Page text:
In these writings the zone has come to mean to something like spaces that suggest either previous human occupation or continual human occupation except only at a level of vagrants or similar. Dilapidation and detritus are zonal indices. The eerie feeling of zones (in rough line with Fisher’s sense of eerie) is postulated as making them attractive to inhabitation by various entities of unknown origins. These my be pneuminous accretive left overs from previous habitation, purely pneuminous entities that have not been accreted by earthbound Narps, or physical cryptids of some kind -presuming there is more than a heuristic sense in making these divisions.
One problem in making the zone definition is always the issue of natural spaces that feel zonal. Wild desolate places that still emanate eeriness. These natural zones are sometimes identified as fairy homes, though many aspects of countryside can exhibit this characteristic and still have no history (that we know of) to link them to such associations. For this reason we feel the term natural zone is acceptable to the endeavour here and may prove useful in forging further links as we go on.
Lewis-Williams’ famous book on the origin of Palaeolithic art hypothesises that there is likely a shamanic root to the various cave paintings found. Images produced in alternative states of consciousness as induced through sensory deprivation (dark caves) have been pinned onto walls to preserve the pneuminous form. The wall or membrane as it is often referred to in the text often serves as a guide to where the image will fall. There is a reciprocity between the appearance of the animal and the cave wall. A hole, an outgrowth, a stalactite may suggest some part of the creature and in the absence of the possibility that an image is anything other than magickal such a partial manifestation is to be paid special attention to. For the people of this time the suggestion is that the cave wall is literally the membrane to the other world. The cave is a natural zone of suggested partial inhabitance by pneuminous beings.
Lewis-Williams actual ontology is very much of the ‘this is all hallucination that we can understand by modern neuroscience’. All the experiences of his ancient artists are housed firmly inside the discrete consciousness of his cave dwelling homo-sapiens. In this way he chooses firmly and does not even acknowledge the lurking agnostic disjunction. Yet even in his discounting, his description of the membrane is powerful one.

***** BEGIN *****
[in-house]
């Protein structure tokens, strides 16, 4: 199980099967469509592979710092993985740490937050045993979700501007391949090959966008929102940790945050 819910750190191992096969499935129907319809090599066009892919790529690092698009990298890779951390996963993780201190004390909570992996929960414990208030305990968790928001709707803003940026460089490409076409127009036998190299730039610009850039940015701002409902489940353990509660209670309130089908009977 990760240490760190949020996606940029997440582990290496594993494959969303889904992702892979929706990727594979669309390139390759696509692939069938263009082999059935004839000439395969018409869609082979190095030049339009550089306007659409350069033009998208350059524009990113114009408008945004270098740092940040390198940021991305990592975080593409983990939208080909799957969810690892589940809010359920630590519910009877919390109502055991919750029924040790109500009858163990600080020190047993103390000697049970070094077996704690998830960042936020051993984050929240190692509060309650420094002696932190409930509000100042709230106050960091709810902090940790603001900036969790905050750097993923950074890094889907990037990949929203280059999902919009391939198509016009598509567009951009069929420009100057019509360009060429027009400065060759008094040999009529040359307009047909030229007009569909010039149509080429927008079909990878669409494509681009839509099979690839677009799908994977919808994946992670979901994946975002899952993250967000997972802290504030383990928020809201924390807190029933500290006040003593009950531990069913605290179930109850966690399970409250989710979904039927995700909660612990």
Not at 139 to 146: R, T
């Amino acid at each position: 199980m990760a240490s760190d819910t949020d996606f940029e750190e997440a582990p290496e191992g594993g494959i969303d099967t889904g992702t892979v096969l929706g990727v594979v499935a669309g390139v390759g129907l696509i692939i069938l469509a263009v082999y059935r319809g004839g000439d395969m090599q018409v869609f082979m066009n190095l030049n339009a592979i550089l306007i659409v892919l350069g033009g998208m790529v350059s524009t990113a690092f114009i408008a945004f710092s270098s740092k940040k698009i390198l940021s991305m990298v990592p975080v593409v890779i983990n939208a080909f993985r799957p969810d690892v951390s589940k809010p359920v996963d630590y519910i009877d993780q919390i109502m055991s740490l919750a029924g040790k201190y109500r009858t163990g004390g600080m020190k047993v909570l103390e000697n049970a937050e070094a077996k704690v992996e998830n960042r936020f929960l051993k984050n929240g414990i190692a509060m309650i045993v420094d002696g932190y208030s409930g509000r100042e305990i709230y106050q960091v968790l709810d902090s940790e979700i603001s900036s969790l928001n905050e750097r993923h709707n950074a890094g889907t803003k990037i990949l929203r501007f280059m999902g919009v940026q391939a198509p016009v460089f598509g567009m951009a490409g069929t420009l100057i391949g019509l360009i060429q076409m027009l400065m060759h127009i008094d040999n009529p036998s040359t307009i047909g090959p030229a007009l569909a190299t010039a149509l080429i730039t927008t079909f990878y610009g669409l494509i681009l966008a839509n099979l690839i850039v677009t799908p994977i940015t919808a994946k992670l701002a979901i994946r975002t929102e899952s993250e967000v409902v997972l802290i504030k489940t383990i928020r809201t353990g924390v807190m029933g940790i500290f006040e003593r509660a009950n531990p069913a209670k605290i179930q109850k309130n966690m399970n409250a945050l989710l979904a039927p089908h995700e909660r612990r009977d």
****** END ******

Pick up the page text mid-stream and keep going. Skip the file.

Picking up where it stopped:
The pneuminous theory as endlessly touted here, states that everything is understood conceptually in some sense (like in phenomenology). This conceptual understanding however is like a substance (pneuma) that acts upon the hiding umbratic solidity. This is the pneuminous accretion, an agglomeration of concept stuff that can stick to regions of the what-is-shown to us (the vector field). In most instances the accretions make a simple agreement with the solidity, but sometimes they do not. The accretion of a bison that escapes from the seen animal into the purely pneuminous world is what we call the spirit animal, or even the platonic form. We think such a thing is just an abstract universal and neglect the fact that they can be seen and engaged with. Before it was transformed into a universal this was the only version available. Down there in the cave, the cave wall has lost its sense of there being endless rock beyond the rock. There is only the pneuminous membrane, upon whose dark surface the accretion appears. The membrane is the membrane not through to the umbra but to the pneuminous world. In the pure dark, as close to the umbratic as we can be, the pneuma, freed from its solid shackles manifests its accretions freely. The spirit body of our own is of course the same thing, it is the concept of our embodiment released from the vector region we call body. The shamanic ‘other’ world is constructed of pure pneuma, of pure concept-stuff. Of course Lewis-Williams has no problem with this, for this is all perfectly possible within the discrete consciousness.
Yet the other side of the disjunction gives us the option that the pneuminous world is not just hallucination, but rather it does have the ability to actually do things. The zone, natural or not, is not necessarily a fantasy. These powers press against on all sides. The membrane is everywhere if you wish to see it. We live perpetually in face of its possibility. But now we have sided with the shaman and must withdraw to the disjunctive pivot.
The experience is one of multiple ontologies that face us everywhere, yet fundamentally split down this line. Has the escaped pneuma-concept actual potency outside of what we call our selves or does it just operate in projections inert, cast upon a world of solid passivity to it.
“Then this line drawn is a key…”